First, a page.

truth? there is something so soothing about sitting and staring out at the ocean. whenever i'm having a really hard time or going through a bout of really bad depression, i hie myself out to the ocean and just sit and sit until i start feeling like i can breathe a little easier. i couldn't live anywhere that doesn't have easy access to an ocean.
but books! in bullet points this time just because.
- finished rebecca solnit's the faraway nearby (penguin, 2014, paperback) then immediately picked up a field guide to getting lost (penguin, 2006, paperback). conclusion: solnit is wonderful. i'm going to pick up wanderlust: a history of walking (penguin, 2001) next.
- started writing a post about the faraway nearby and losing my grandmother to alzheimer's, but then the post became an essay that also wove in my travels in japan (i went to japan a few weeks after my grandmother passed away) and the books i read there and about solitude and place and dislocation and memory. as of now, i'm unsure what it'll be, but i think that's one of the cool things about writing (or about creating in general), that you have no clue where you'll end up. you could have a destination point or an end goal in mind, but that doesn't mean you'll actually get there, but it's all right because you end up somewhere better, if only because the journey there is revealing and eye-opening.
- the 2015 pulitzers are announced on april 20, and i'm all ready to side-eye the hell out of it again. (i've been side-eyeing the pulitzer since 2011.)
- who do i want to win the pulitzer? marilynne robinson's lila (FSG, 2014)!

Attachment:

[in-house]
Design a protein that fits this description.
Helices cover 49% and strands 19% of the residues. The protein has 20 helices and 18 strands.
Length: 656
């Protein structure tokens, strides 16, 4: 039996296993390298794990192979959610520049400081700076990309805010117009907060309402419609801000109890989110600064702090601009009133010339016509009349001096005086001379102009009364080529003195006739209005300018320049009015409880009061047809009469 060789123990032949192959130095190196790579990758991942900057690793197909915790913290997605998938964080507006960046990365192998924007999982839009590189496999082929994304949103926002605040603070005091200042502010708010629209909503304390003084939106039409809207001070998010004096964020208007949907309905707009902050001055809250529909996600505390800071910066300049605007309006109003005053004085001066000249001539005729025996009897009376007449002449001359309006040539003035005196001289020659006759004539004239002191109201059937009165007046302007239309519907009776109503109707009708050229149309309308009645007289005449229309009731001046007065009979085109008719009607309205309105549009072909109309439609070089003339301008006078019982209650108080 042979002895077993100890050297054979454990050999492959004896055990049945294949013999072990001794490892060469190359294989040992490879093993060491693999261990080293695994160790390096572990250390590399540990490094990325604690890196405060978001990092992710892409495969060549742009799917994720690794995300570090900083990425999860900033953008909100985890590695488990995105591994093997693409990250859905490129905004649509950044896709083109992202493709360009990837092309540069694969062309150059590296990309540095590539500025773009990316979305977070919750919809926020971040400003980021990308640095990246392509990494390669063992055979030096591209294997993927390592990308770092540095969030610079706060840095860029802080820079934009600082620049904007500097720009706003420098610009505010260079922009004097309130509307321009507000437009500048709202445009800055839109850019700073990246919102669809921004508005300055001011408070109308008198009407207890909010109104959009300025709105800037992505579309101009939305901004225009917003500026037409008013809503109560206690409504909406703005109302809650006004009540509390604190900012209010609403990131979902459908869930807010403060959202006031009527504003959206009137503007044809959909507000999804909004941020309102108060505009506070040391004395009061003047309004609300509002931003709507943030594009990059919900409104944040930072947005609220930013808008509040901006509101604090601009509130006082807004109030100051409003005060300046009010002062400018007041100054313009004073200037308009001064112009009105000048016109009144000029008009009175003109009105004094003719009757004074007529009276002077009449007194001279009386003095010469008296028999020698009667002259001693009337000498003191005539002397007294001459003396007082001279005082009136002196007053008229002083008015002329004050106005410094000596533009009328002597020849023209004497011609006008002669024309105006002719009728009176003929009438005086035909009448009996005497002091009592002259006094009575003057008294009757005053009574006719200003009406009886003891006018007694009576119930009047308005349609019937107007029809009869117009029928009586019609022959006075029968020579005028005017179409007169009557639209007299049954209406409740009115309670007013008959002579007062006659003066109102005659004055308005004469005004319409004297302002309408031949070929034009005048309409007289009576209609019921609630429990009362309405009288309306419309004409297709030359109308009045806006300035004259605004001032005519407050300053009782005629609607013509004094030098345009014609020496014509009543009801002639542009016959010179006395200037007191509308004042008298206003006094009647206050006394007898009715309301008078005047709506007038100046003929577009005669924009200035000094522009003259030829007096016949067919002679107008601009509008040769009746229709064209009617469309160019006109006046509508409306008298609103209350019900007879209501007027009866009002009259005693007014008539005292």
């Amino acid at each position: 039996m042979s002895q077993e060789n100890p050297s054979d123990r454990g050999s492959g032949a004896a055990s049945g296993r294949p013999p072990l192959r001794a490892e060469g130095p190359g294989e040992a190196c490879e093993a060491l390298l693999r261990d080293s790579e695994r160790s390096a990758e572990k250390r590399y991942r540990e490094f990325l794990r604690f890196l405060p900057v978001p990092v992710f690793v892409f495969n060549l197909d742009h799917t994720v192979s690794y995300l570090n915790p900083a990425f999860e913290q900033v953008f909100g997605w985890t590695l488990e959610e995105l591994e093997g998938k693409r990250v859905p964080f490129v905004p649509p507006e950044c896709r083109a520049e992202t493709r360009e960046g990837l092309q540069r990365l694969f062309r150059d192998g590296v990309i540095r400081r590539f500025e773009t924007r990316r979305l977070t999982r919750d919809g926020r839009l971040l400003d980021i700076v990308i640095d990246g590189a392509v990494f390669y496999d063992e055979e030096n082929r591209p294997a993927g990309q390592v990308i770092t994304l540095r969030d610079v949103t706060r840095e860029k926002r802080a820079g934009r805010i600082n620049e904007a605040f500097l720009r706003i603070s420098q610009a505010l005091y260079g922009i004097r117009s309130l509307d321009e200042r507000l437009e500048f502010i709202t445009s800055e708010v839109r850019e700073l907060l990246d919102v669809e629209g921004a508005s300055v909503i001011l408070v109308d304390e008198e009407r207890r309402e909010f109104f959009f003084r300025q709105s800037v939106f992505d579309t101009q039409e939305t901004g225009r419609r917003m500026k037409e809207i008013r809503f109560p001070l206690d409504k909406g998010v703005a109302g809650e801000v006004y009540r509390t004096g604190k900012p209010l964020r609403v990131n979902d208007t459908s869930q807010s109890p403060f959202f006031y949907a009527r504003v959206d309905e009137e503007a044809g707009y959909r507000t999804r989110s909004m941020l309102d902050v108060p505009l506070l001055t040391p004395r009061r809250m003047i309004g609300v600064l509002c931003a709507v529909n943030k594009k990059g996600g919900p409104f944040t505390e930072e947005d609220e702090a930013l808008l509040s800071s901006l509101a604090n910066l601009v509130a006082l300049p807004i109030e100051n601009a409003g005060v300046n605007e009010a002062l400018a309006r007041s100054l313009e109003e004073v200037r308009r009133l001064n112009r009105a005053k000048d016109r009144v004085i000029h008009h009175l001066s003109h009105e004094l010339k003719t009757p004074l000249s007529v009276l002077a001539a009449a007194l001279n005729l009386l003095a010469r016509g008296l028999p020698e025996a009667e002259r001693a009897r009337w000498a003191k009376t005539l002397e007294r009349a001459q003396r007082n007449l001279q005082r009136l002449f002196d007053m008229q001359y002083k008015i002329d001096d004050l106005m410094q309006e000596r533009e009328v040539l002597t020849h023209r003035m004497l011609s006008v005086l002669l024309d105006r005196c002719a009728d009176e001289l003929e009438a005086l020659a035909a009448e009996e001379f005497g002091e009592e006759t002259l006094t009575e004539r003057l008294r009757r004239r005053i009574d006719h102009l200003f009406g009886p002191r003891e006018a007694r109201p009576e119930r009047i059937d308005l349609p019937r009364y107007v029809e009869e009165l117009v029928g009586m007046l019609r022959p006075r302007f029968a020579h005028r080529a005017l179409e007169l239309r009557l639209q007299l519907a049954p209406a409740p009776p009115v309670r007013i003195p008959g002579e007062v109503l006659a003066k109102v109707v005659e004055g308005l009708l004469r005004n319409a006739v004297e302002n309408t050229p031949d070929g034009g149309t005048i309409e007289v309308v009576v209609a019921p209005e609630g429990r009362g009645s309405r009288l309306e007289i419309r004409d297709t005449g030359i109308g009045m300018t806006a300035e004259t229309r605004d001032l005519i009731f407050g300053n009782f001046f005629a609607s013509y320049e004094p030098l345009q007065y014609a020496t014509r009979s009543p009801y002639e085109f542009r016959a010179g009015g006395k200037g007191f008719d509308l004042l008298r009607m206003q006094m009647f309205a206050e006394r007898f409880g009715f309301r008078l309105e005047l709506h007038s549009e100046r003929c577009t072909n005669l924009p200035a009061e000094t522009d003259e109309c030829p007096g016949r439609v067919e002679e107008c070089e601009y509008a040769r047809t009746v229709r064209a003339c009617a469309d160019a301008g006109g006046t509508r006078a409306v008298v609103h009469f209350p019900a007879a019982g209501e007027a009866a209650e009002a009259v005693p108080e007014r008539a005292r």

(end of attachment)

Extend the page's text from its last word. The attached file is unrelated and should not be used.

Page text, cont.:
- speaking of whom -- i started reading housekeeping (FSG, 1980) on the subway (in an empty car, no less) today, and i'm enthralled with her descriptions. like this passage:
- "it is true that one is always aware of the lake in fingerbone, or the deeps of the lake, the lightless, airless waters below. when the ground is plowed in the spring, cut and laid open, what exhales from the furrows but that same, sharp, watery smell." (9)
- there's something so rich and visceral in that -- you can just imagine the earth exhaling, the smell it gives off.
- i don't know if other readers are like this, but i find myself reading debut novels (in this case, of long-established authors) with a slightly different eye. i'm not sure how to describe how my reading eye is different, but maybe it's a little more probing, a little more examining, not in a critical way but in a way that seeks to see the places authors came from, where they originated, how their work has progressed through their body of work. i love seeing growth, how authors have matured, and i think it's fun because it's usually a very organic progression because change is natural -- we're constantly growing, reshaping, metamorphosing as people, so, of course, that ought to be reflected in the writing.
- and, of course, this is relevant here because i've read robinson's later novels and housekeeping was her debut.
have a good weekend, all! happy reading!